Reflection for Palm Sunday – March 28, 2021
Readings: Isaiah 50: 4-7; Philippians 2:6-11; Mark 14: 1-15:47
Click here to download a PDF of this homily.
Preacher: Sr. Barbara Moore
On this Palm Sunday, we recall two noisy processions. Jesus Christ on a colt with ordinary men and women greeting him with cries, branches and praise. Some even linking him to the figure of King David. On the opposite side of the city of Jerusalem another procession of Roman troops comes into the city with all their color, noise, numbers and power alerted to any disturbance the Passover crowd might incite. Order was their constant goal and Jerusalem during Passover was crowded with pilgrims. Two Kings, two power systems meet each other in what would be an inevitable clash: the coming arrest and execution of Jesus Christ. Marcus Borg and Dominic Crossan in their book, “The Last Week,” write, “The two processions embody the central conflict of the week which led to Jesus’ crucifixion.”
But the words that keep returning to me this Palm Sunday are used by the Prophet Isaiah in the first reading. “The Lord God is my help; therefore, I am not disgraced, I have set my face like flint, knowing that I shall not be put to shame.” The early church sees Jesus in these words. Flint is a hard quartz or an alloy like iron. It can produce a spark when it is in contact with steel. Flint conveys power, strength, purpose and the capacity through sparks to start a fire.
The phrase seems to identify Jesus’ life, mission and teachings. He set his face like flint as he reached out to the poor and sick who came to him. He continued to call his listeners and the religious authorities of his day, to return to the deeper meanings in their holy books. He did not retreat from his message of love and compassion even when faced with opposition and threats. He held on to the basics of his Jewish faith even as he was called a “blasphemer.” He remained loyal to his followers who betrayed him, denied him and fled when he was arrested. What a life! His was a life that even before the events of Holy Week and the Resurrection, had a spark to it like the sparks that occur when flint is faced and struck by steel.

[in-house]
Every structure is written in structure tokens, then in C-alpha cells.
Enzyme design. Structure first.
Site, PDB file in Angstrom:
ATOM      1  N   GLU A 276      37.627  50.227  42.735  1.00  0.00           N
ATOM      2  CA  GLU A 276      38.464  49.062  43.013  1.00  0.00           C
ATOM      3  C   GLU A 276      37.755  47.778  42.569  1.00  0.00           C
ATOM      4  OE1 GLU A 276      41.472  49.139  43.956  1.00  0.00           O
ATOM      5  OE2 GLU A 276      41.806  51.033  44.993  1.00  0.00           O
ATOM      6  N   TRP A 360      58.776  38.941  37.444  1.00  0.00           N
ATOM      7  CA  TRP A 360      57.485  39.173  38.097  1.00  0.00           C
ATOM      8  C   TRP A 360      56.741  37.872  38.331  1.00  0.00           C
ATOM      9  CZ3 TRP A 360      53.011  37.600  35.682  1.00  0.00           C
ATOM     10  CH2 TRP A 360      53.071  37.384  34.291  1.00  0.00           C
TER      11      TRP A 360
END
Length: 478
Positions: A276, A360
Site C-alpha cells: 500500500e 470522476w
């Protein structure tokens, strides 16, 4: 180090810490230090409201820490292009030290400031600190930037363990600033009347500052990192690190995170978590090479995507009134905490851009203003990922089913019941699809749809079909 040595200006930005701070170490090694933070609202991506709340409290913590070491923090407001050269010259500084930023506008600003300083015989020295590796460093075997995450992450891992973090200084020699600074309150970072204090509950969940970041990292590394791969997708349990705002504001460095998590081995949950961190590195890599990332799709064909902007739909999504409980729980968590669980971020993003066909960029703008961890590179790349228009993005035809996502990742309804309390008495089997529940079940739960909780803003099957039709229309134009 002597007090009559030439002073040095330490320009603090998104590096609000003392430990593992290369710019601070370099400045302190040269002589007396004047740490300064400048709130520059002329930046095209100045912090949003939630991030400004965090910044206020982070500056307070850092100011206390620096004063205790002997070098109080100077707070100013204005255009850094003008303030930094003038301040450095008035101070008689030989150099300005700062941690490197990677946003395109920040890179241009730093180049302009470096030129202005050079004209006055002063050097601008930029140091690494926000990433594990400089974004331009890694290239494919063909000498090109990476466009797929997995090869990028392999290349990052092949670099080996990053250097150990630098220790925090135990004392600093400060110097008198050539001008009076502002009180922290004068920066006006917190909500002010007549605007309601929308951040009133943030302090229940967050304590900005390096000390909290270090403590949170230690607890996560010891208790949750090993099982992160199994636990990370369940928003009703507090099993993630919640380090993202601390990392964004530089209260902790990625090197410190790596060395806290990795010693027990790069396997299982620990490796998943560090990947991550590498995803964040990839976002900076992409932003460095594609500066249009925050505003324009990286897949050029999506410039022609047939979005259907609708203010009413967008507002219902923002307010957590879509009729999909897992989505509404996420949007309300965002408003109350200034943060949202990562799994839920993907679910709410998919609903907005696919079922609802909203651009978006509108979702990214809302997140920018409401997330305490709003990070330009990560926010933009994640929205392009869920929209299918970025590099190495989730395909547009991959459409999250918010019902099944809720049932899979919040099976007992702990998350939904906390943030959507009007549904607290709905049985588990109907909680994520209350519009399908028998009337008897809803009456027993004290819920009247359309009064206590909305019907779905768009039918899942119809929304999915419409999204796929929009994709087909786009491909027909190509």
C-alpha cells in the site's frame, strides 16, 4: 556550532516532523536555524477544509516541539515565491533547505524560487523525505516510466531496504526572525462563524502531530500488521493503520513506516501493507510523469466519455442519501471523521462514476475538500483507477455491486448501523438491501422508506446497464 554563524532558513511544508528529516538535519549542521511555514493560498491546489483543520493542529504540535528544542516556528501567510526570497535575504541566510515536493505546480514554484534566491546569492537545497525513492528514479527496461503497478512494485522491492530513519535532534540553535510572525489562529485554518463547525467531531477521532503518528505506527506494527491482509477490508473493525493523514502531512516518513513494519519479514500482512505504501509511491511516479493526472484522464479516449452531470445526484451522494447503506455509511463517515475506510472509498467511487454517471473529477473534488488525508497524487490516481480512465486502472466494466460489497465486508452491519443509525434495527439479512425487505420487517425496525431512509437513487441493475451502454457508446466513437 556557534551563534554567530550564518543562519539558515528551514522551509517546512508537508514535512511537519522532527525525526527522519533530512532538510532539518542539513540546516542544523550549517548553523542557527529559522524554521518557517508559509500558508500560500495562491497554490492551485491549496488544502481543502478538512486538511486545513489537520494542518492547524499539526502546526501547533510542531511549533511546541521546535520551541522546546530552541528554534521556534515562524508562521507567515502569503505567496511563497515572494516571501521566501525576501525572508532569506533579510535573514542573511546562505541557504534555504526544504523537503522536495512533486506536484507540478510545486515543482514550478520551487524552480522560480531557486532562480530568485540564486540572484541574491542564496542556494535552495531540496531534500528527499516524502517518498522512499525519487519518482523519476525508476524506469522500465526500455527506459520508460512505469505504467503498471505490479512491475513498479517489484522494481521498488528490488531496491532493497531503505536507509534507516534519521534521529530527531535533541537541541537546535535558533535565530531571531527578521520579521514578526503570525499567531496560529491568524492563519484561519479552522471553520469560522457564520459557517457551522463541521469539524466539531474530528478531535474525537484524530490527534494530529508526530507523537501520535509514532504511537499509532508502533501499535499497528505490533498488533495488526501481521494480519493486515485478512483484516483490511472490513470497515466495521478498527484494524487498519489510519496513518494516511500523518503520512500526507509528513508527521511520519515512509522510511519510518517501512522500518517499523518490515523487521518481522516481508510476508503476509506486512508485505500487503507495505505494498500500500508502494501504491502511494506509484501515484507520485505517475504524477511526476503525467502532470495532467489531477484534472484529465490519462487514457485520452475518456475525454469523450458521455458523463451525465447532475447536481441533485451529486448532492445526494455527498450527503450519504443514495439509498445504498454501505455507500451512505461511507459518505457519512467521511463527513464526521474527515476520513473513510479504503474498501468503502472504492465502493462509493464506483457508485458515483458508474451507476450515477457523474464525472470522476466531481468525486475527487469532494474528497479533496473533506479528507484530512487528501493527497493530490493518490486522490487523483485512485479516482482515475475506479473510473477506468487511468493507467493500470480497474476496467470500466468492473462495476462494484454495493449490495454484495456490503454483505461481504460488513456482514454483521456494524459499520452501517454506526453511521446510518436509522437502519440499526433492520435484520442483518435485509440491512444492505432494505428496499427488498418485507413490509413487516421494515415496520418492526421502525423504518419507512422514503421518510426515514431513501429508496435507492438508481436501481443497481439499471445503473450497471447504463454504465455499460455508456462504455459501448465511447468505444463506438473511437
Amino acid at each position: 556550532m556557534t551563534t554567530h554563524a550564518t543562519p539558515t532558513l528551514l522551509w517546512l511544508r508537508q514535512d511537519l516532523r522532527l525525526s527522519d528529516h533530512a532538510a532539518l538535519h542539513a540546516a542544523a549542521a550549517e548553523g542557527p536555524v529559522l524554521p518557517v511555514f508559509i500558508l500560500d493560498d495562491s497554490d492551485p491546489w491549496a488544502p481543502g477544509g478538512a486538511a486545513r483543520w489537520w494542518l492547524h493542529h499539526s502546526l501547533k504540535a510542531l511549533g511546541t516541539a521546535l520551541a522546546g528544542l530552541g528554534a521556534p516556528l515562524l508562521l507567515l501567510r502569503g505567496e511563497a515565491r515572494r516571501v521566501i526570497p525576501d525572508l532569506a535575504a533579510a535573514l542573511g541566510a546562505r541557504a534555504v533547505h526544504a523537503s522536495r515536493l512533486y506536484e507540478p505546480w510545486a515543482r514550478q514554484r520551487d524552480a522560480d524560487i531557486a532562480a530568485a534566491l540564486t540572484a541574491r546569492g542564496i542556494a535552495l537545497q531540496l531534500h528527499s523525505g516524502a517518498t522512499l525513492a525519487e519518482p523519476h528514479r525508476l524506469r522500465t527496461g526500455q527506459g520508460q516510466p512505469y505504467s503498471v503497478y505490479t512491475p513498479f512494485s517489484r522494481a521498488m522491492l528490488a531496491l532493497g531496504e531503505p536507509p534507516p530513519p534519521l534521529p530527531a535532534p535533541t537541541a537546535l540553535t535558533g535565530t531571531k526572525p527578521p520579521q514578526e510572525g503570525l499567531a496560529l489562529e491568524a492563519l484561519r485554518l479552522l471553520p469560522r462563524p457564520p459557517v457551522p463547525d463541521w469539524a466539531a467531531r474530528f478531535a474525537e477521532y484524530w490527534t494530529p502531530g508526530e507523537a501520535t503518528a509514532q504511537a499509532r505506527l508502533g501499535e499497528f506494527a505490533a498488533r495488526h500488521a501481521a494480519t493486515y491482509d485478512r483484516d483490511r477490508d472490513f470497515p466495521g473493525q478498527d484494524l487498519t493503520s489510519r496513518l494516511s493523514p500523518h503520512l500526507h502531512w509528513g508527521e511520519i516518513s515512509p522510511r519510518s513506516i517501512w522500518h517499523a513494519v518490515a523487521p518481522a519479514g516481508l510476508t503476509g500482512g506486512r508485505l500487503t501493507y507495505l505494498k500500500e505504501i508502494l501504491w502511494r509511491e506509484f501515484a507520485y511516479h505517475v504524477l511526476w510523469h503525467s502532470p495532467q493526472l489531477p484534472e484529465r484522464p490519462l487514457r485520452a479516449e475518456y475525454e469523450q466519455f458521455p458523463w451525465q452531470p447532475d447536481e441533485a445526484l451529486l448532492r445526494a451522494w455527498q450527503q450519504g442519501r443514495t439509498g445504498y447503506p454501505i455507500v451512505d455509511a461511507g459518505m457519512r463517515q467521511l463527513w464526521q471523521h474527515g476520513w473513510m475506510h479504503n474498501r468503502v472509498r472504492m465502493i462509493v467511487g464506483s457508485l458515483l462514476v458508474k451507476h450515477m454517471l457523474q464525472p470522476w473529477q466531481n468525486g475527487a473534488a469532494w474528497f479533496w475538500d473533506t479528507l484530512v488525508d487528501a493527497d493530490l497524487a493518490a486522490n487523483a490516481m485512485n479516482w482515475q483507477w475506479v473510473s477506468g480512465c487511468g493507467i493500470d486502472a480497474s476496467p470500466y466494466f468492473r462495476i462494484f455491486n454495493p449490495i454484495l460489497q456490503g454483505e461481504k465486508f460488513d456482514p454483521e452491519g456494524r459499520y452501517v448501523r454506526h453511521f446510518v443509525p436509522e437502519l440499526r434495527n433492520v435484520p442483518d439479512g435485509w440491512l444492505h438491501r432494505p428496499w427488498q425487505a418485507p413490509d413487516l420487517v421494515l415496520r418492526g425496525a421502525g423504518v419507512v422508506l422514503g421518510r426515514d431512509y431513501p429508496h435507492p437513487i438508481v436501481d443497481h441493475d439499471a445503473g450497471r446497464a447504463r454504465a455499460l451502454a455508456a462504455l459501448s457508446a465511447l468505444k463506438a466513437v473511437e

Jesus was faced with the rigid steel of religious traditions, customs and economic and political systems that were in his day, harming the very poor and marginalized of his community. And yet so many saw a spark in him that reflected the best of their faith tradition, and the promises of their holy books. A spark that revealed his concern for the overlooked and the ones carrying so many burdens. A spark that led to followers, new communities, and the growth of a faith tradition that took his name, Christian.
This past year, as a nation and as local communities, we have faced our own “holy weeks” through deaths, isolation and job losses caused by Covid. Divisions over politics, vaccines and masks have made their mark and caused sorrow among us. We have seen violence, lies, threats to our democratic system, and ever-present racism that spreads now to our Asian brothers and sisters. And alongside those facts, we have seen kindness, love, heroism and service that has brought new life and healing.
How, we might ask, are we to respond to our own Holy Weeks? How might positive sparks happen when we “set our faces like flint” to try and follow the message of Jesus each day? For the majority of us it happens when we try to do the “ordinary extraordinarily well.” When we make efforts to learn the truth and to see in each of our brothers and sisters the image of God. It can happen when we become aware of the “Good Fridays” those around us suffer. When we reflect on the abuse and pain Jesus suffered as he tried to serve and how betrayed he must have felt as Palm Sunday unfolded into Holy Week. This week also reminds us that we too have the capacity to hurt, abuse and betray others.
We have the capacity to bring “small resurrections” to others on a daily basis. May this coming week strengthen us as we make our own personal efforts to walk with Jesus and our brothers and sisters through these painful days of Holy Week, and the current painful times that all of us experience.